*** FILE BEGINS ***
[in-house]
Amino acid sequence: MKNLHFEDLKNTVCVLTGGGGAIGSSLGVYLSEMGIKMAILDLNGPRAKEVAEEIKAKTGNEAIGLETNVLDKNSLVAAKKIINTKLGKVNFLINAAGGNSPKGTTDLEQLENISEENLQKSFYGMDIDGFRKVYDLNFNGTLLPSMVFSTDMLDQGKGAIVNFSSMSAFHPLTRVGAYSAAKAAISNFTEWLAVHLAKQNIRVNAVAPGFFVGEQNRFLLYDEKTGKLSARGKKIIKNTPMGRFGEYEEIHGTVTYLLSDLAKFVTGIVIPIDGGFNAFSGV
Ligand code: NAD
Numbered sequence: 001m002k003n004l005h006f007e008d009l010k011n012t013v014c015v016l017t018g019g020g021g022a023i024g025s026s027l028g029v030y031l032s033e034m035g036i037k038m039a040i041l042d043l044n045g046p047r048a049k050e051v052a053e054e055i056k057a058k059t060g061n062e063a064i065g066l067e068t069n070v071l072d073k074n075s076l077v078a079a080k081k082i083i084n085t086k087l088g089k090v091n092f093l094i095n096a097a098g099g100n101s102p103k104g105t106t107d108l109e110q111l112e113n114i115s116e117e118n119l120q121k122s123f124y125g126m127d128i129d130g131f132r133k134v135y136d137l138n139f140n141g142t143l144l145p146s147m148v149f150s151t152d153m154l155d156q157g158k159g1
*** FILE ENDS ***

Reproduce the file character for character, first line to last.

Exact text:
[in-house]
Amino acid sequence: MKNLHFEDLKNTVCVLTGGGGAIGSSLGVYLSEMGIKMAILDLNGPRAKEVAEEIKAKTGNEAIGLETNVLDKNSLVAAKKIINTKLGKVNFLINAAGGNSPKGTTDLEQLENISEENLQKSFYGMDIDGFRKVYDLNFNGTLLPSMVFSTDMLDQGKGAIVNFSSMSAFHPLTRVGAYSAAKAAISNFTEWLAVHLAKQNIRVNAVAPGFFVGEQNRFLLYDEKTGKLSARGKKIIKNTPMGRFGEYEEIHGTVTYLLSDLAKFVTGIVIPIDGGFNAFSGV
Ligand code: NAD
Numbered sequence: 001m002k003n004l005h006f007e008d009l010k011n012t013v014c015v016l017t018g019g020g021g022a023i024g025s026s027l028g029v030y031l032s033e034m035g036i037k038m039a040i041l042d043l044n045g046p047r048a049k050e051v052a053e054e055i056k057a058k059t060g061n062e063a064i065g066l067e068t069n070v071l072d073k074n075s076l077v078a079a080k081k082i083i084n085t086k087l088g089k090v091n092f093l094i095n096a097a098g099g100n101s102p103k104g105t106t107d108l109e110q111l112e113n114i115s116e117e118n119l120q121k122s123f124y125g126m127d128i129d130g131f132r133k134v135y136d137l138n139f140n141g142t143l144l145p146s147m148v149f150s151t152d153m154l155d156q157g158k159g1